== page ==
Lawyers will present evidence they say shows disgraced casino mogul Steve Wynn's pattern of reckless behavior and mismanagement of Wynn Resorts during a hearing scheduled to begin Tuesday in state court in Las Vegas. It's the latest move in a yearslong case involving him, his ex-wife and the company they founded.
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The hearing could feature previous deposition testimony as well as live witnesses, including Elaine Wynn, who has accused her ex-husband, the company's general counsel and members of its board of directors of getting her off the board in 2015 because of her inquiries into company activities. Her contract-related claims are what is left of a broader case that began in 2012.
A portion of the fight between the Wynns ended earlier this month when an agreement that stipulated that they would vote jointly on company matters was deemed legally invalid. These came weeks after Steve Wynn resigned as chairman and CEO of the casino-operating company amid sexual misconduct allegations that were first reported by the Wall Street Journal.
The newspaper reported two months ago that several women said the billionaire harassed or assaulted them and that one case led to a $7.5 million settlement with a manicurist formerly employed by the company. Other allegations and a settlement with a different employee have since surfaced.
Steve Wynn, 76, has vehemently denied the allegations the newspaper reported and attributed them to Elaine Wynn, whose attorney has denied that she instigated the news report.
Tuesday's hearing was set after the judge denied a motion from Steve Wynn's attorneys that sought to exclude from the trial the settlement he entered with the manicurist in 2005; alleged misuse of company resources including aircraft, Rolex watches and Ferrari automobiles; alleged illegal gambling and other misconduct by two company executives; and other issues.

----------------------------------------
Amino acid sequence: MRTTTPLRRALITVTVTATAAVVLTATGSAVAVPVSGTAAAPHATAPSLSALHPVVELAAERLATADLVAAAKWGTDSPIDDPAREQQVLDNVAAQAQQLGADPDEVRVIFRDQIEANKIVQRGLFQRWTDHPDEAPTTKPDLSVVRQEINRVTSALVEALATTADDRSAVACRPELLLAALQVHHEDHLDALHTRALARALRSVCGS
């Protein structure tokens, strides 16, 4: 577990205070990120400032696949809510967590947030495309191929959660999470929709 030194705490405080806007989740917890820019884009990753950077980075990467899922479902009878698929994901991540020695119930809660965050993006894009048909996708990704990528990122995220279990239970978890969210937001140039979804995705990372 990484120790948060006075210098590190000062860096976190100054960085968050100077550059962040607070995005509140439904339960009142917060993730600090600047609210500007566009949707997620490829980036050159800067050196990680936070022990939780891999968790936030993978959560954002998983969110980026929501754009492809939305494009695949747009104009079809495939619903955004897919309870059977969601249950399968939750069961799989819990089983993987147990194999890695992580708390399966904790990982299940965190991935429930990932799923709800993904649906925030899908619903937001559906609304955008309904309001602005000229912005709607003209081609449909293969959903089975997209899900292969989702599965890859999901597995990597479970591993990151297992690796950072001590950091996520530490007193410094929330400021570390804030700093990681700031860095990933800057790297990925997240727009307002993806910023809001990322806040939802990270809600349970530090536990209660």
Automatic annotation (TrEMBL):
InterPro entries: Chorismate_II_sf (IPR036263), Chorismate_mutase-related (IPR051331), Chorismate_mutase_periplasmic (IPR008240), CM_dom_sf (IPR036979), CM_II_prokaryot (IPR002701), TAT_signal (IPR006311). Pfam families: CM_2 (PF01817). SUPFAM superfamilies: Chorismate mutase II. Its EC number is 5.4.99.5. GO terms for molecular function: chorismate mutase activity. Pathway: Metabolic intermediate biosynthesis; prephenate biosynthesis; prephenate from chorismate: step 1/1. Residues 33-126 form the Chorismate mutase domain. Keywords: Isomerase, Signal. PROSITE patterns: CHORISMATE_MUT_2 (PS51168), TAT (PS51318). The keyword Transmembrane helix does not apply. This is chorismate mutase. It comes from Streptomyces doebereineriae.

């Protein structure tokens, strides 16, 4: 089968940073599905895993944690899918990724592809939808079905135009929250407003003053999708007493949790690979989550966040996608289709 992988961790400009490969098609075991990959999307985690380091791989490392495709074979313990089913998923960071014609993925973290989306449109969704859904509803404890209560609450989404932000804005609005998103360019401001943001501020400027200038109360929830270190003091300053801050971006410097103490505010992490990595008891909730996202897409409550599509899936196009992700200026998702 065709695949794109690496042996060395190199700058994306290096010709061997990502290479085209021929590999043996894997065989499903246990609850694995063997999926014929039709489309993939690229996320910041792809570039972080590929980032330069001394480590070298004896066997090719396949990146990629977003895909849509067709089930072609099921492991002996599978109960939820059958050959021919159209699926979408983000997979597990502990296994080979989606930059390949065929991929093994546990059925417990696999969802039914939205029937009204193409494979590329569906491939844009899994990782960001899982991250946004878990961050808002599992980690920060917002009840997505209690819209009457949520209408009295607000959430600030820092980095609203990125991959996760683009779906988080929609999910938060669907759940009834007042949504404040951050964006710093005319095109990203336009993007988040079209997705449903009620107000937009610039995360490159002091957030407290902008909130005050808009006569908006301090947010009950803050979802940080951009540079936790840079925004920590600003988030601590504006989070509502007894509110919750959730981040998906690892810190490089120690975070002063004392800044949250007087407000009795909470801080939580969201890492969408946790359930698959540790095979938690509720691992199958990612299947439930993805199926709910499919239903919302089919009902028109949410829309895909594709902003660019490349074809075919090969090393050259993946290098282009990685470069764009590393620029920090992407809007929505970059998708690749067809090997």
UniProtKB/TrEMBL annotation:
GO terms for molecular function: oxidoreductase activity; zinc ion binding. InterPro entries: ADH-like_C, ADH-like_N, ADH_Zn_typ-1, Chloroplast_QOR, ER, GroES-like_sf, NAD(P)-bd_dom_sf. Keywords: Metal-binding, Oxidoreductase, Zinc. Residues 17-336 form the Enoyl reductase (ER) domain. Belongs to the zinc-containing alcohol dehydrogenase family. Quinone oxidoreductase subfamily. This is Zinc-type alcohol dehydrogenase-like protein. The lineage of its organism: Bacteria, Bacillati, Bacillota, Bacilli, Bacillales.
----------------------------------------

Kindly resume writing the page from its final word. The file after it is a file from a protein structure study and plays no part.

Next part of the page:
"They'd like to try a case about sex, sexual harassment, illegal gambling, any other allegations that they can throw around without there being any evidence to link those allegations to the claims that she has asserted in this case," Todd Bice, an attorney Wynn Resorts, said during a March 16 hearing.
A so-called Petrocelli hearing like the one scheduled for Tuesday allows attorneys to present a judge, without a jury present, alleged prior bad acts and evidence to support them. The judge then determines whether those acts will be told to the jury.
"The proffer of this evidence does not go to Mr. Wynn's propensity to commit sexual misconduct, but does go to the potential motivation of the cross-defendants in not re-nominating or supporting Ms. Wynn for the board seat, which is the breach of contract claim," Clark County District Court Judge Elizabeth Gonzalez said during a hearing Friday. "Ms. Wynn will have to show by a preponderance of the evidence that she reported each incident that she intends to introduce at trial and that there is credible evidence of the reported event."
Attorneys for Wynn Resorts in court documents have said Elaine Wynn "has even gone so far as to contact" the attorney for a woman who entered into a settlement with Steve Wynn "to ascertain her client's availability to testify" at the Petrocelli hearing.
Elaine Wynn owns 9.5 million shares in Wynn Resorts, which she founded with her ex-husband in 2002. Steve Wynn last week sold all his stock in the company.
A larger portion of the yearslong case was settled earlier this month when Wynn Resorts agreed to pay a Tokyo-based company $2.4 billion by the end of March.